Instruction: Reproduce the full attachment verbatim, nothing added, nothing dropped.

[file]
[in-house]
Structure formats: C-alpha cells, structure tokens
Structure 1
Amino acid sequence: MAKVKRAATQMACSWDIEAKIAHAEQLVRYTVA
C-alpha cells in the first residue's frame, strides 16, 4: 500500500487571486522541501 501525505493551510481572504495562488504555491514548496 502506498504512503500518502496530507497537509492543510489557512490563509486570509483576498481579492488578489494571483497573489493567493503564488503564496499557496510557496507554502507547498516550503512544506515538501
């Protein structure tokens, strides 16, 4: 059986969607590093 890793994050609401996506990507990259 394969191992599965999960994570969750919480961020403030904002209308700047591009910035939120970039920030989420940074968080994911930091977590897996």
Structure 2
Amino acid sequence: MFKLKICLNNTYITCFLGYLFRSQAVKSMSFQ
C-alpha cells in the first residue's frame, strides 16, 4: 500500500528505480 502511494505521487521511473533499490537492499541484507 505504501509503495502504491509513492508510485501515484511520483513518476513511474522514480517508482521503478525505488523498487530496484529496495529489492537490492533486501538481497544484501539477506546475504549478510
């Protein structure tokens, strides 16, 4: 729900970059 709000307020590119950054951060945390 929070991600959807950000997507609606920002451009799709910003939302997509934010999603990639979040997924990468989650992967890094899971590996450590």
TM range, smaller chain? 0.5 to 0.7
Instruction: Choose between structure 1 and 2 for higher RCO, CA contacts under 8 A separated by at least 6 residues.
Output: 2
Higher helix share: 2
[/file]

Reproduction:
[in-house]
Structure formats: C-alpha cells, structure tokens
Structure 1
Amino acid sequence: MAKVKRAATQMACSWDIEAKIAHAEQLVRYTVA
C-alpha cells in the first residue's frame, strides 16, 4: 500500500487571486522541501 501525505493551510481572504495562488504555491514548496 502506498504512503500518502496530507497537509492543510489557512490563509486570509483576498481579492488578489494571483497573489493567493503564488503564496499557496510557496507554502507547498516550503512544506515538501
């Protein structure tokens, strides 16, 4: 059986969607590093 890793994050609401996506990507990259 394969191992599965999960994570969750919480961020403030904002209308700047591009910035939120970039920030989420940074968080994911930091977590897996």
Structure 2
Amino acid sequence: MFKLKICLNNTYITCFLGYLFRSQAVKSMSFQ
C-alpha cells in the first residue's frame, strides 16, 4: 500500500528505480 502511494505521487521511473533499490537492499541484507 505504501509503495502504491509513492508510485501515484511520483513518476513511474522514480517508482521503478525505488523498487530496484529496495529489492537490492533486501538481497544484501539477506546475504549478510
């Protein structure tokens, strides 16, 4: 729900970059 709000307020590119950054951060945390 929070991600959807950000997507609606920002451009799709910003939302997509934010999603990639979040997924990468989650992967890094899971590996450590």
TM range, smaller chain? 0.5 to 0.7
Instruction: Choose between structure 1 and 2 for higher RCO, CA contacts under 8 A separated by at least 6 residues.
Output: 2
Higher helix share: 2